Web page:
The feature is, unfortunately, not available right now. However, proof of its existence has already surfaced online, and other news sources have reported that they’ve seen it in action. Obviously you shouldn’t install the technical preview in the hopes of playing with it just yet, but it couldn’t hurt to make sure your computer has a microphone before the full version drops.
You Can Give Targeted Feedback Directly to Microsoft
This one isn’t so much a secret feature of Windows 10 as much as the primary reason you might want to try out the preview. Microsoft has created a feedback app specifically for users of this Technical Preview. While using the OS, Windows will occasionally ask you for feedback for certain features, but you can also leave your own.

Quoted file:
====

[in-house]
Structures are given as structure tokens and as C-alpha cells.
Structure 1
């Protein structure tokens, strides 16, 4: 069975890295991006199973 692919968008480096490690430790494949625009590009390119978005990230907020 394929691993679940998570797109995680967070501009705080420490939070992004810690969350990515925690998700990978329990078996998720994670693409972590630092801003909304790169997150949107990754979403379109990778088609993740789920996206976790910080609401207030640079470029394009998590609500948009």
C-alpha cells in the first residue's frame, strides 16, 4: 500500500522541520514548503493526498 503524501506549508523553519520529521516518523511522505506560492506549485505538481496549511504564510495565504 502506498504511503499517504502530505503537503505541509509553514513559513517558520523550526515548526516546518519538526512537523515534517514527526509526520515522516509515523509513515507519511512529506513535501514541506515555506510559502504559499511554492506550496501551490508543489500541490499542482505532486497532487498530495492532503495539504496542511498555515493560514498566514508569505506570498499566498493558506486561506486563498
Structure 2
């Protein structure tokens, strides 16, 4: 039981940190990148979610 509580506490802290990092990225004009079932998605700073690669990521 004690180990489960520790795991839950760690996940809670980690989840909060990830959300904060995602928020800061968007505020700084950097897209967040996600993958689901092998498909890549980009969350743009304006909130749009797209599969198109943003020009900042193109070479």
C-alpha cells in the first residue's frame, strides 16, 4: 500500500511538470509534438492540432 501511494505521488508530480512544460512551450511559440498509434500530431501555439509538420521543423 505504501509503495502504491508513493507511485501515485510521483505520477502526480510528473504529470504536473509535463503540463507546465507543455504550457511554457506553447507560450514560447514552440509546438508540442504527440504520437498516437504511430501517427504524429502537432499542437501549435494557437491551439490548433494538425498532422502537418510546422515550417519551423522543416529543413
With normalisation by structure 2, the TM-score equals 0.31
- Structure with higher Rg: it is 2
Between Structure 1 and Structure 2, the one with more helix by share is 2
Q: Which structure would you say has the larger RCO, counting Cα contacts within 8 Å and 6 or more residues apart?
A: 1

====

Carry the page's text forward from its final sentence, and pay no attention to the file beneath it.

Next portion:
If you’ve ever complained in a comment thread or written a twenty-paragraph article venting frustration over Windows (I’m guilty of both), now’s your chance to let them know exactly how you’re feeling. It’s not uncommon for Microsoft to solicit feedback from a beta, but the system for submitting input is incredibly easy, so it’s worth mentioning on its own. There’s never been a better time to tell Redmond what you want.
All-in-all, Windows 10 is already a pretty solid improvement over Windows 8. And we can already see that new features are coming. There are also a wealth of Metro-style apps that, while technically not new, are worth exploring now that they’re not locked in a cumbersome fullscreen mode. As an example, the Photos app contains some pretty sweet photo editing features, similar to what you might find on a phone. Time will tell what else is new, but for now there’s plenty of cool new toys to play around with. Even if they were left out of the keynote.